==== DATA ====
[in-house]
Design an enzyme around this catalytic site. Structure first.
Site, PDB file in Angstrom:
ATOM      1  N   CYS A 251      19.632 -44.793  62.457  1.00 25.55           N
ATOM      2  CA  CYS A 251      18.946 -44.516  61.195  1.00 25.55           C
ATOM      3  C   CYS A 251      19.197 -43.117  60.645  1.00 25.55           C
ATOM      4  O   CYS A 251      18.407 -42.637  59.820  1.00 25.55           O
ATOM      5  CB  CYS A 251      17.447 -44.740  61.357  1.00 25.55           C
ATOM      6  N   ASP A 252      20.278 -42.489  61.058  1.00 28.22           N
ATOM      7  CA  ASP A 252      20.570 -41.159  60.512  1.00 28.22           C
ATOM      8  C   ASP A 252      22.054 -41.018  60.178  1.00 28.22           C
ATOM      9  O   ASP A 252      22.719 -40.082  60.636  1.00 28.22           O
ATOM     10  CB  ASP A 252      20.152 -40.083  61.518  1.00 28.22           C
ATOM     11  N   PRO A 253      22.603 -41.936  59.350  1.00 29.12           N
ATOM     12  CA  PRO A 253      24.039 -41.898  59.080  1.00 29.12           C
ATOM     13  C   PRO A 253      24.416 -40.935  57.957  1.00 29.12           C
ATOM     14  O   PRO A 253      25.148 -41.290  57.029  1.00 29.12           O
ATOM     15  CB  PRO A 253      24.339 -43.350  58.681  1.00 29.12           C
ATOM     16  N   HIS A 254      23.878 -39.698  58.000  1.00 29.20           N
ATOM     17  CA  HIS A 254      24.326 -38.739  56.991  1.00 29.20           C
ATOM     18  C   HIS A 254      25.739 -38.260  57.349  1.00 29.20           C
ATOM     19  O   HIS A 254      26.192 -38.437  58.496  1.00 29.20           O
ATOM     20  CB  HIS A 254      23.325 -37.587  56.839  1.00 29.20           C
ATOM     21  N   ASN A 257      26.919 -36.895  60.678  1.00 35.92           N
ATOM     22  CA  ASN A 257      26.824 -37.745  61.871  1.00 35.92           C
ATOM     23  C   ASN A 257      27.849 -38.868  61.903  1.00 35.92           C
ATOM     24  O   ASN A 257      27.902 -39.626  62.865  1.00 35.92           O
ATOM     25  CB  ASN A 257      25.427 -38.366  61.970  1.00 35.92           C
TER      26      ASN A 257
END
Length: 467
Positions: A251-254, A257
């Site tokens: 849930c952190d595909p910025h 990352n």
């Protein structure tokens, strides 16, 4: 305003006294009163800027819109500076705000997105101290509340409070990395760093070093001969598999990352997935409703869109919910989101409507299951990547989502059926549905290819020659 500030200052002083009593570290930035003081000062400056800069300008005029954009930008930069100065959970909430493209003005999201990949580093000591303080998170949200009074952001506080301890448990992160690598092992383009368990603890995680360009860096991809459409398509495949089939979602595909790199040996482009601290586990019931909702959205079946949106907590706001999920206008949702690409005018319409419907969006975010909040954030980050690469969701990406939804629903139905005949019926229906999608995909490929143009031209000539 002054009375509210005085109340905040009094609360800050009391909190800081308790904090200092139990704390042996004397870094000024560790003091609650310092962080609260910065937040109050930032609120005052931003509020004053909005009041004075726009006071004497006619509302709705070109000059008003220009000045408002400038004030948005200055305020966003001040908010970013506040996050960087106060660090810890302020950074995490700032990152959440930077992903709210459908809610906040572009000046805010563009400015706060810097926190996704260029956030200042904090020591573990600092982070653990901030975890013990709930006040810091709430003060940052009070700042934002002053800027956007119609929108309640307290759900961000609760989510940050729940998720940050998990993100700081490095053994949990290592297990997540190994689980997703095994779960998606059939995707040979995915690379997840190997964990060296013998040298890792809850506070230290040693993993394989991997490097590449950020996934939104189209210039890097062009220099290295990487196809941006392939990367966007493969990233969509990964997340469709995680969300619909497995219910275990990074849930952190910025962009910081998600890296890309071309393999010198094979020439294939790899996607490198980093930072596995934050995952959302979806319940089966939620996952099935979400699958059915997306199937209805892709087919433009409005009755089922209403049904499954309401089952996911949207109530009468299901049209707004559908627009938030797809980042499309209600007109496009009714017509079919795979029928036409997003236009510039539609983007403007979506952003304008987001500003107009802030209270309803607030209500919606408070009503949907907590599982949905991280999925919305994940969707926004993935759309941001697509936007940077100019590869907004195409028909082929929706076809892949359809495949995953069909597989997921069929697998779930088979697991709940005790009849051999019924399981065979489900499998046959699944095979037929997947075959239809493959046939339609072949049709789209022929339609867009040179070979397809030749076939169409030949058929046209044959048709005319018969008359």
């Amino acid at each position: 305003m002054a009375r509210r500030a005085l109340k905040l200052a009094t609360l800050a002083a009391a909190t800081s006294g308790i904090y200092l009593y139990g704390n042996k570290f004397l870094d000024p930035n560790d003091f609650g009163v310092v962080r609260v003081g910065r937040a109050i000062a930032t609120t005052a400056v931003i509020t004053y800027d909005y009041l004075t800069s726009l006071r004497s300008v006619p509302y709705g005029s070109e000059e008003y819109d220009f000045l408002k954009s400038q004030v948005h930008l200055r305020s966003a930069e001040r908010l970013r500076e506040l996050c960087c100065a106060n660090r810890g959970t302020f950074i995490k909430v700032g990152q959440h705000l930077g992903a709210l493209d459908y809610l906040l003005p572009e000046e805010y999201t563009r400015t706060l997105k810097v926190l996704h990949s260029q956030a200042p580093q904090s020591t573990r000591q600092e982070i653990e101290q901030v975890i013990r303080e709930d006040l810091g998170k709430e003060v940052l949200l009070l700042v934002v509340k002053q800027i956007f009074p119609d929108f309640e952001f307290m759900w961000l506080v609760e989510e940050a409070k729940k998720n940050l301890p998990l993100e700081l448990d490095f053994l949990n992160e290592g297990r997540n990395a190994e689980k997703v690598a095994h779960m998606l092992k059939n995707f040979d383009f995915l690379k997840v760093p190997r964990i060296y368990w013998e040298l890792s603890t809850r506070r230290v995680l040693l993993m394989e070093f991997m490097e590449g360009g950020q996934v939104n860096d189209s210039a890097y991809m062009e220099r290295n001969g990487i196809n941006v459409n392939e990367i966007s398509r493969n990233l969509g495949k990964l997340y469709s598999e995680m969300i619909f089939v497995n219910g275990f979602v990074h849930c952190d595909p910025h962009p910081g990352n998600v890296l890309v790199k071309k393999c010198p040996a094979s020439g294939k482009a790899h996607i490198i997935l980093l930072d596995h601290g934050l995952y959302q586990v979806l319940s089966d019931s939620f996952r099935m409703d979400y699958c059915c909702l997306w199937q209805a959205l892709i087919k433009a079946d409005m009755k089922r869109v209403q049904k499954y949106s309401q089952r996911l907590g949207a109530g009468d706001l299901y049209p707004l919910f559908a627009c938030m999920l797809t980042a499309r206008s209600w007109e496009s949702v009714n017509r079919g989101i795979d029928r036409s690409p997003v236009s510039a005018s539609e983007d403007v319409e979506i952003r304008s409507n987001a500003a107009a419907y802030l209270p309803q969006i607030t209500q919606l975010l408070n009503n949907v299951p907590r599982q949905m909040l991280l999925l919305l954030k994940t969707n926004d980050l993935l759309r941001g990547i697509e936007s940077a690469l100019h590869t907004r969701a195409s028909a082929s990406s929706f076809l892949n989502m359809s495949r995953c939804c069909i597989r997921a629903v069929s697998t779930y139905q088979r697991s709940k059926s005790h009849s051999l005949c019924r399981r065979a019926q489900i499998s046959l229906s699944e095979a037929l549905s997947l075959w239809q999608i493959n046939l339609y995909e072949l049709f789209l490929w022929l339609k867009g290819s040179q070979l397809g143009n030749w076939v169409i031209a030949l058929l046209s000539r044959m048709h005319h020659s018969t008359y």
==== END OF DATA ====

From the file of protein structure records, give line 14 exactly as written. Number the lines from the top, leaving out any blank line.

ATOM     11  N   PRO A 253      22.603 -41.936  59.350  1.00 29.12           N